Based on the R2 above, GAR has the ability to predict roughly 72% of how a team will end up in the standings (retroactively).
Retroactive prediction, huh?
Those are some pretty fucking important outliers on the left side of that graph (and to a lesser extent on the far right) - they could be driving all of the results since without them the slope of the line appears much flatter (to my eye).
If Keith, Sharp, Seabrook and Hossa are all overpaid (and Kane is adequately compensated) if appears to me that perhaps there may be somewhat of a problem. Similar to Burtch's problem with dCorsi weighing too negatively on D with big minutes.
As an aside—why bother putting different colours and symbols if you're going to put the players' names on the graph?
If you combine the result that nearly all of the players on a bad team are overpaid and generating negative value while most of the players on a good team are overpaid, I'm left wondering what the fuck good is this tool.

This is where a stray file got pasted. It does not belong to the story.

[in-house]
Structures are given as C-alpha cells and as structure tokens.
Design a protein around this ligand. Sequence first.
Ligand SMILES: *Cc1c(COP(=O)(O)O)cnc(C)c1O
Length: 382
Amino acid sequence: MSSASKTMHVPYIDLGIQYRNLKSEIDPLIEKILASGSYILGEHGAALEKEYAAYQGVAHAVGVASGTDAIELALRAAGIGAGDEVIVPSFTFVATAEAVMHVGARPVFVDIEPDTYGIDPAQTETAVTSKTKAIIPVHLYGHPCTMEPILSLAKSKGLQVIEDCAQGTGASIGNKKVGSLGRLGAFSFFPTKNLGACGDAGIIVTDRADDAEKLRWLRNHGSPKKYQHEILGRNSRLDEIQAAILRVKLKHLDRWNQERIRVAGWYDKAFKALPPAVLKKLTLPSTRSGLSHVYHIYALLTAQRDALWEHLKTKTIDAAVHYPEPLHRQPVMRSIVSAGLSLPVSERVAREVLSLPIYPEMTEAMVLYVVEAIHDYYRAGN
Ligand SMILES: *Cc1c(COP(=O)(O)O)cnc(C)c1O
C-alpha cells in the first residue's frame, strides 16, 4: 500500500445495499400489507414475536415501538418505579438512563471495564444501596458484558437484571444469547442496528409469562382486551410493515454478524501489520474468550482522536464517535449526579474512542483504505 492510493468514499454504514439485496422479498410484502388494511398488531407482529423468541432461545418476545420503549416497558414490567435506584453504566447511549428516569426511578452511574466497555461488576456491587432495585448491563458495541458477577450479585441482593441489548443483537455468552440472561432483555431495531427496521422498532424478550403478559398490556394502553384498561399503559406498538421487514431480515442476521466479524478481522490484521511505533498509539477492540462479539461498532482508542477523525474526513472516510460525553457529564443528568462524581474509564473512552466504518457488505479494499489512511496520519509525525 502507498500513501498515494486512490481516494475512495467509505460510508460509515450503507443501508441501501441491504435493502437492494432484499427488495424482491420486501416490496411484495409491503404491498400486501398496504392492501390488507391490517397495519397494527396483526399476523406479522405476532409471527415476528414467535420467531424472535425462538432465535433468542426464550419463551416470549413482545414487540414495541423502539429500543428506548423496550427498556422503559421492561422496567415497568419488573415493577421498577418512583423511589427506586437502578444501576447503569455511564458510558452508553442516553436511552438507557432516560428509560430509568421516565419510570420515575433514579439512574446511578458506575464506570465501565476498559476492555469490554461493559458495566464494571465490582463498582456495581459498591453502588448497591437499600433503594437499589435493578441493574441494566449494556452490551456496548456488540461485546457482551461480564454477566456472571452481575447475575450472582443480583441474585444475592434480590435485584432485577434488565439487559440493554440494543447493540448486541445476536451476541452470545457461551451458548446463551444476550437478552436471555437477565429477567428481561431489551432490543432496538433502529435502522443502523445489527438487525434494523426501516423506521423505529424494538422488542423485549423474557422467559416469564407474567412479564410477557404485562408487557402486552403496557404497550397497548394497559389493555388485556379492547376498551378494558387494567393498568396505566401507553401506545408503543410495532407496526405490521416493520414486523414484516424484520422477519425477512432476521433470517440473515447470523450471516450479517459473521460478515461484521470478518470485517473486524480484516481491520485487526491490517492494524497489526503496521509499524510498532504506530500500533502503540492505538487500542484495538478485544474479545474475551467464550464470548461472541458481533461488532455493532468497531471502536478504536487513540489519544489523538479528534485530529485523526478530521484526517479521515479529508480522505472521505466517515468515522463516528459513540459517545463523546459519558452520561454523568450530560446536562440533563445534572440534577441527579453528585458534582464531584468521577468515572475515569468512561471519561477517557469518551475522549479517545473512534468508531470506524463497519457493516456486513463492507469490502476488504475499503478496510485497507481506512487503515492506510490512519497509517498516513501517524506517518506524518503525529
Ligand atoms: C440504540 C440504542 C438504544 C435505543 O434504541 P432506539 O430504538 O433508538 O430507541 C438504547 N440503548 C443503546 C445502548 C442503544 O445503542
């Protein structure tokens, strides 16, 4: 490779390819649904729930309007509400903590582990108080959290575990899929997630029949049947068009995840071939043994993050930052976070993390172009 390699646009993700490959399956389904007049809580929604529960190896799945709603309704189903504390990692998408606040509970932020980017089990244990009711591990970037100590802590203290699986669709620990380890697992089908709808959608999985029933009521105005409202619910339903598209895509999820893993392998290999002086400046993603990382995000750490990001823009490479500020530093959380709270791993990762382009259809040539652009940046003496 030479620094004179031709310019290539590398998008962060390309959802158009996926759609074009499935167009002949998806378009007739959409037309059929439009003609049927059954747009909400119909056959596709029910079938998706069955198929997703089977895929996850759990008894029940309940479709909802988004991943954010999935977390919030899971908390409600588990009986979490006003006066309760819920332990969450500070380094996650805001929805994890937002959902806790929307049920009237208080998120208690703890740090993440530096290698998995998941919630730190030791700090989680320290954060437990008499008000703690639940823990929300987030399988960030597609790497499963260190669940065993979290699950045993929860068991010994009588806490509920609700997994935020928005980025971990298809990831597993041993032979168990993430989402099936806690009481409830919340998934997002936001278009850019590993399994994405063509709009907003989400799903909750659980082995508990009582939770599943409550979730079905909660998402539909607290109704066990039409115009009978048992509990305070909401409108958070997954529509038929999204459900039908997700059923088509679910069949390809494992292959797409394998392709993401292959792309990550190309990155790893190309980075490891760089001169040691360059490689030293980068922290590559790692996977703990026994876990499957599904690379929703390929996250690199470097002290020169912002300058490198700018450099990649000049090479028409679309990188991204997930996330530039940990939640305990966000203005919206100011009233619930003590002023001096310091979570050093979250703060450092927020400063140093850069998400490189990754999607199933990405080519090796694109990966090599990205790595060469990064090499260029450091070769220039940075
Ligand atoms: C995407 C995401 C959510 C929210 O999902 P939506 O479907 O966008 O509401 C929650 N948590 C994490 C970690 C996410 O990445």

However, what this result tells me is that a big part of effectively managing a roster will come down to simply not overpaying players. It is extremely hard to find a player that can be signed for less than he is worth
Or you know, that perhaps you forgot to control for contract status in determining whether a guy is overpaid or not (always be thinking of the counterfactual). The real implication is that unless a guy is elite I should comprise my roster entirely of ELCs and never give RFAs more than the required raise (if they want more then I trade 'em).
The point about ensuring that your highest paid guys are "worth their money" is a fair one and certainly one that's been brought up by less quanty people in more accessible language/format. Is this GAR the tool to help determine what guys are worth? Nothing I've seen so far leads me to believe that it's there yet (especially for defensemen and goaltenders).
"If you torture the data long enough, it will confess to anything." - Ronald Coase
"[...]all models are wrong, some are useful." - George E. P. Box